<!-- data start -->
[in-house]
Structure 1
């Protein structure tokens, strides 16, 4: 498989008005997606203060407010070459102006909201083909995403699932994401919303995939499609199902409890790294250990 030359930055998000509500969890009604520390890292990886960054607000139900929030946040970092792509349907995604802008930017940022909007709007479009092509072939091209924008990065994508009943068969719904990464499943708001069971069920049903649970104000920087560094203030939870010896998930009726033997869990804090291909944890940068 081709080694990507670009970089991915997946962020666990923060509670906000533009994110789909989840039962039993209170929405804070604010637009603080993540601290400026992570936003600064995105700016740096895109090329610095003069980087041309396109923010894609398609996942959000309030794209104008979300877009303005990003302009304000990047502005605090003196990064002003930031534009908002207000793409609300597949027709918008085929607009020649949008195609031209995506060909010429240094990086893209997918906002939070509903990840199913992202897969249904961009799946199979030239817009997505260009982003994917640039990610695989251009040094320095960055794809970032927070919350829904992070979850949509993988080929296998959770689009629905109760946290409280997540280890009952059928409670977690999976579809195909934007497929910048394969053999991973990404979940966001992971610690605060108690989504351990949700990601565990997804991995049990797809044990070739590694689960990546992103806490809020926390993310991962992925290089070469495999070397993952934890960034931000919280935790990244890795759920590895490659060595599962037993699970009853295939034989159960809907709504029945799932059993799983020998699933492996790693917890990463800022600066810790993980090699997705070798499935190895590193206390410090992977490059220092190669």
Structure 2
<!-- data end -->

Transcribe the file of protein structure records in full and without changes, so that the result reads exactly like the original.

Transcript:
[in-house]
Structure 1
């Protein structure tokens, strides 16, 4: 498989008005997606203060407010070459102006909201083909995403699932994401919303995939499609199902409890790294250990 030359930055998000509500969890009604520390890292990886960054607000139900929030946040970092792509349907995604802008930017940022909007709007479009092509072939091209924008990065994508009943068969719904990464499943708001069971069920049903649970104000920087560094203030939870010896998930009726033997869990804090291909944890940068 081709080694990507670009970089991915997946962020666990923060509670906000533009994110789909989840039962039993209170929405804070604010637009603080993540601290400026992570936003600064995105700016740096895109090329610095003069980087041309396109923010894609398609996942959000309030794209104008979300877009303005990003302009304000990047502005605090003196990064002003930031534009908002207000793409609300597949027709918008085929607009020649949008195609031209995506060909010429240094990086893209997918906002939070509903990840199913992202897969249904961009799946199979030239817009997505260009982003994917640039990610695989251009040094320095960055794809970032927070919350829904992070979850949509993988080929296998959770689009629905109760946290409280997540280890009952059928409670977690999976579809195909934007497929910048394969053999991973990404979940966001992971610690605060108690989504351990949700990601565990997804991995049990797809044990070739590694689960990546992103806490809020926390993310991962992925290089070469495999070397993952934890960034931000919280935790990244890795759920590895490659060595599962037993699970009853295939034989159960809907709504029945799932059993799983020998699933492996790693917890990463800022600066810790993980090699997705070798499935190895590193206390410090992977490059220092190669």
Structure 2